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  1. #1
    HappyAndyK's Avatar
    HappyAndyK is offline Site Administrator
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    Post How to Create a Multiboot System for Windows 7

    To add Windows 7 to a system alongside an existing version of Window, you first need to make sure that you have an available partition (or unformatted disk space) separate from the partition that contains the system files for your current Windows installation.

    The target partition can be a separate partition on the same physical disk, or it can be on a different hard disk. If your system contains a single disk with a single partition used as drive C, you cannot create a multiboot system unless you add a new disk or use software tools to shrink the existing partition and create a new partition from the free space. (The Windows 7 Disk Management console, Diskmgmt.msc, includes this capability; to shrink partitions on a system running an older Windows version, you’ll need third-party software.) The new partition does not need to be empty; however, it should not contain system files for another Windows installation. Run the setup program, choose the Custom (Advanced) option, and select the disk and partition you want to use for the new installation...

    ... And finally, how do you remove Windows 7 (or Windows Vista) from a dual-boot installation and restore the Windows XP boot loader? Insert the Windows 7 DVD and type the following command at a command prompt (substituting the letter of your DVD drive for d):

    d:\boot\bootsect.exe /nt52 all

    For the full tutorial visit Install Windows 7 alongside an older Windows OS for a Multiboot System

  2. #2
    seti is offline Member
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    Thanks for this informative post Andy

  3. #3
    leofelix is offline Member
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    Thank you HappyAndyK for posting this tip.
    I think you are elegible to win the weekly contest

    LOL
    Last edited by leofelix; 3rd December 2009 at 14:44.

  4. #4
    nitinagarwal1988's Avatar
    nitinagarwal1988 is offline Microsoft MVP
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    Quote Originally Posted by leofelix View Post
    Thank you HappyAndyK for posting this tip.
    I think you are elegible to win the weekly contest

    LOL
    ...........

    Nice tip Andy !! You just won lifetime access to The Windows Club....Absolutely free........

  5. #5
    zen67's Avatar
    zen67 is offline Senior Member
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    Dual-booting Windows 7 may violate the license

    The crux of the matter lies in the following sentence in Windows 7's EULA:


    "15. Upgrades. To use upgrade software, you must first be licensed for the software that is eligible for the upgrade. Upon upgrade, this agreement takes the place of the agreement for the software you upgraded from. After you upgrade, you may no longer use the software you upgraded from."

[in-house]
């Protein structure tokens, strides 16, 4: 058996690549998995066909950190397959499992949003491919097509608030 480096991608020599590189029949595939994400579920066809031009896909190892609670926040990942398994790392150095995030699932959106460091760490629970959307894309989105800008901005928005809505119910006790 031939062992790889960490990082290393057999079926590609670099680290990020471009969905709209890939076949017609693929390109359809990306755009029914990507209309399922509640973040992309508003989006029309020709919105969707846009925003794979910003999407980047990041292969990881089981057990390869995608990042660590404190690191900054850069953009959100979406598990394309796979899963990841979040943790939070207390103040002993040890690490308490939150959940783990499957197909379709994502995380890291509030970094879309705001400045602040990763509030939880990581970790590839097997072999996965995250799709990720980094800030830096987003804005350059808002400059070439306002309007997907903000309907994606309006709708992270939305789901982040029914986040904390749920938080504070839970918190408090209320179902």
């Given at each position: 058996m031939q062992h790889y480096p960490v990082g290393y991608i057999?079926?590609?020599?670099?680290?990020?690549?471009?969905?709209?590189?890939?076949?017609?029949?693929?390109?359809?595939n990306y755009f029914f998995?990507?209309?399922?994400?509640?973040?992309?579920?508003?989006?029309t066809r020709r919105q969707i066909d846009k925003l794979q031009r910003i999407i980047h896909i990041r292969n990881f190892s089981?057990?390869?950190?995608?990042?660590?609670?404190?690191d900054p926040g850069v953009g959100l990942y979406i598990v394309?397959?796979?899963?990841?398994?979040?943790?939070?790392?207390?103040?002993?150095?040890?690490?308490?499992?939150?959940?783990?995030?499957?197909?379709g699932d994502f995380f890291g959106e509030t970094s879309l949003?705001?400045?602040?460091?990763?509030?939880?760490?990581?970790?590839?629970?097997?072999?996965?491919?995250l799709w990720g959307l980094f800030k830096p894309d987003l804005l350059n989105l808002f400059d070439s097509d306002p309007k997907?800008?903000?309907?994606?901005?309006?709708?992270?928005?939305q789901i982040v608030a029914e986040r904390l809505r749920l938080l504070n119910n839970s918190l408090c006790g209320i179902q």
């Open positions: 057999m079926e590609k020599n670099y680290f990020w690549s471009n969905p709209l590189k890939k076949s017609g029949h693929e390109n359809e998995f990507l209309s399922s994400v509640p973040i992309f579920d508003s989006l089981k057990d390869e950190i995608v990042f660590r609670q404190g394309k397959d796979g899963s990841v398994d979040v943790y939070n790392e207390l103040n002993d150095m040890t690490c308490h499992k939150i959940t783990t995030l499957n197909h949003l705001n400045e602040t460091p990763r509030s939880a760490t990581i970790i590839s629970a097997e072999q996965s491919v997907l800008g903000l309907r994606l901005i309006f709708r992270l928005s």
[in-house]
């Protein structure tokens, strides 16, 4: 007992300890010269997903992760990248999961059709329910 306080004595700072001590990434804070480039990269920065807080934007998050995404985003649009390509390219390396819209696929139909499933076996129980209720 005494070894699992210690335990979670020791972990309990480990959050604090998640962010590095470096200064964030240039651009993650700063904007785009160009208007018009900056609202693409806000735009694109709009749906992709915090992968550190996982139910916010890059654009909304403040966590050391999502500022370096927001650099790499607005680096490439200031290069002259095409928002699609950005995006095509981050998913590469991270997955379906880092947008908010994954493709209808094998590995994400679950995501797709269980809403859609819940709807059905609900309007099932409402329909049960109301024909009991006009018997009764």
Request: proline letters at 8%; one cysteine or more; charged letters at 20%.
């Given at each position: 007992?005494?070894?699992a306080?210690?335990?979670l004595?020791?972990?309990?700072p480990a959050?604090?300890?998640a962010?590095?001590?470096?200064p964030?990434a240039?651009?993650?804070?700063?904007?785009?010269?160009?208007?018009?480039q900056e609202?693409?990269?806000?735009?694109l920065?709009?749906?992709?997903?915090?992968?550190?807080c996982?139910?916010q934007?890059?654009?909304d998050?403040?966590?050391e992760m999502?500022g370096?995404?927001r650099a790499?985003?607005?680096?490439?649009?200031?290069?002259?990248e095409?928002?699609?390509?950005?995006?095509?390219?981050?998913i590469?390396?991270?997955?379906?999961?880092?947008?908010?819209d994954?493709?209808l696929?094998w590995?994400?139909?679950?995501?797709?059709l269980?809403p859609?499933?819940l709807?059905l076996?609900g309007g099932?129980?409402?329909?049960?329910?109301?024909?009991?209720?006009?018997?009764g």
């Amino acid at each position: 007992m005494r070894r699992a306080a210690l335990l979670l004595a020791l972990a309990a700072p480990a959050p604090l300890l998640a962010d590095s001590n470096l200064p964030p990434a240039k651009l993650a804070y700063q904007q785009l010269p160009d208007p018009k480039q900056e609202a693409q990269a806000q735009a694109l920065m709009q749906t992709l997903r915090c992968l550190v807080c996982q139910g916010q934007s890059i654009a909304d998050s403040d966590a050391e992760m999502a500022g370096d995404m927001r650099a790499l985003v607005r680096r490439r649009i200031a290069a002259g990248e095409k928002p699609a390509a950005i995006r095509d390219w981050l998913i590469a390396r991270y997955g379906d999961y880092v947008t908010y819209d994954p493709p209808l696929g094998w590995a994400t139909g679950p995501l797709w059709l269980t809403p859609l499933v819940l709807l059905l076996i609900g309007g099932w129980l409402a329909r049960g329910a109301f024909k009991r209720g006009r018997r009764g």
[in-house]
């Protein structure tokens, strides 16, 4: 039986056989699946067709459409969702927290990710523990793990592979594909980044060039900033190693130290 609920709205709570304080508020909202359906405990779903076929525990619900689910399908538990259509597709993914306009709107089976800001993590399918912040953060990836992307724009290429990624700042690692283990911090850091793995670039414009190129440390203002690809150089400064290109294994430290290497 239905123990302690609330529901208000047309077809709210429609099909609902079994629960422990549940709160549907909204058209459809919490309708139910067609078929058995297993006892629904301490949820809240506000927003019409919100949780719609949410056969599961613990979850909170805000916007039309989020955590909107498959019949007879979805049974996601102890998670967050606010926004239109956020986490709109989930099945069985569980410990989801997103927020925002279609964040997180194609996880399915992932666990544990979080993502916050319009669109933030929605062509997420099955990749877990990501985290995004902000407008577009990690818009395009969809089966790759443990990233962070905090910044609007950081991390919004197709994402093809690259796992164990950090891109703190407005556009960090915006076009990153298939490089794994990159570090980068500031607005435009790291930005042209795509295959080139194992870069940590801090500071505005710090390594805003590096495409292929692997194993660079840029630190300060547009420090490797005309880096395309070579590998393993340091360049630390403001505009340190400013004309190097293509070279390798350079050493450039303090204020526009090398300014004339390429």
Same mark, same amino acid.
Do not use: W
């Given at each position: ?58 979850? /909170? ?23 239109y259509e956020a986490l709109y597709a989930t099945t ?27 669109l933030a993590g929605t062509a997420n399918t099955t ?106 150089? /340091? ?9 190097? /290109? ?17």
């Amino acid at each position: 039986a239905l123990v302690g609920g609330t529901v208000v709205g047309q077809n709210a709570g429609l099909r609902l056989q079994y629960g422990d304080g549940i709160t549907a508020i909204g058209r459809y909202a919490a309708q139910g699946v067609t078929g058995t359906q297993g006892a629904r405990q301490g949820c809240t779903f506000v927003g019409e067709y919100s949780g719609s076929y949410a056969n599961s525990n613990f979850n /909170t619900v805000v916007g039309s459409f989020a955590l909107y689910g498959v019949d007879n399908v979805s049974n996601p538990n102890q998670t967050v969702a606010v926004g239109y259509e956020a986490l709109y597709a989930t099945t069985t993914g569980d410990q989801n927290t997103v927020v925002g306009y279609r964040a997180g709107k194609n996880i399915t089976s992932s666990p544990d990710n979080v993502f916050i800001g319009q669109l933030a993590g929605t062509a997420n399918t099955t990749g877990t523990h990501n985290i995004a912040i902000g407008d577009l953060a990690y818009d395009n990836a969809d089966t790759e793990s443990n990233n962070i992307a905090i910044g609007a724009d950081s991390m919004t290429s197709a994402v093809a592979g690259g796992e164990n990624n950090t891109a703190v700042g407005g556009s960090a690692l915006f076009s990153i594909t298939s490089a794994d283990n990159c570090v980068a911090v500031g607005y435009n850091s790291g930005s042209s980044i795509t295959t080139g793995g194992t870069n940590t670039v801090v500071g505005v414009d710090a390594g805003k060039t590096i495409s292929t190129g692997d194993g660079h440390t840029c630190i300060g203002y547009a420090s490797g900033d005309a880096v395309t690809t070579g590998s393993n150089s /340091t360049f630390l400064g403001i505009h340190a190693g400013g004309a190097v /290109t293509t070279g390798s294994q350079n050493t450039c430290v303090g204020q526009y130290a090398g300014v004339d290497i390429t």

As soon as you install the upgrade version of Windows 7, Microsoft claims that your license for the existing version of Windows goes kaput and you may no longer use the software you upgraded from. While you can create a dual-boot system — heck, it's easy to do so, using the upgrade DVD — under a strict reading of the EULA, you aren't supposed to boot it up.

    for a full reading go here

  6. #6
    Cithel is offline Senior Member
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    Quote Originally Posted by zen67 View Post
    Dual-booting Windows 7 may violate the license
    for a full reading go here
    Assuming you only have one license for XP and that you are using upgrade media. For those with only one license; you can always dual boot with the 90 day trial version of 7 to see if you like it. Or run it in a VM.

  7. #7
    seti is offline Member
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    Quote Originally Posted by Cithel View Post
    Assuming you only have one license for XP and that you are using upgrade media. For those with only one license; you can always dual boot with the 90 day trial version of 7 to see if you like it. Or run it in a VM.
    That is interesting to know for those who are thinking of doing the change. thank you

  8. #8
    mwr
    mwr is offline New Member
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    I already have a Win 7 (Home Premium) system and want to add three more boot partitions, for Vista, XP, and 2000. Does anyone know how to do that?

  9. #9
    StrayCat is offline Senior Member
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    The logical way is to start with a formatted hard drive,create three partitions and install the in this order:
    XP,Vista...and then 7.
    Theoretically it can be done the other way around, but you will have to repair the Windows 7 boot loader with your Windows 7 DVD after installing XP,and once again after installing Vista.
    Last edited by StrayCat; 18th December 2009 at 09:12.

  10. #10
    mwr
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    But... I'm starting with a new HP laptop with Win 7 Home Premium already installed and running. Are you recommending that I reformat the C: drive and start from scratch? As far as I know, I don't have the ability to install Win 7 separately. No CD/DVD came with the computer.

    Quote Originally Posted by StrayCat View Post
    The logical way is to start with a formatted hard drive,create three partitions and install the in this order:
    XP,Vista...and then 7.
    Theoretically it can be done the other way around, but you will have to repair the Windows 7 boot loader with your Windows 7 DVD after installing XP,and once again after installing Vista.

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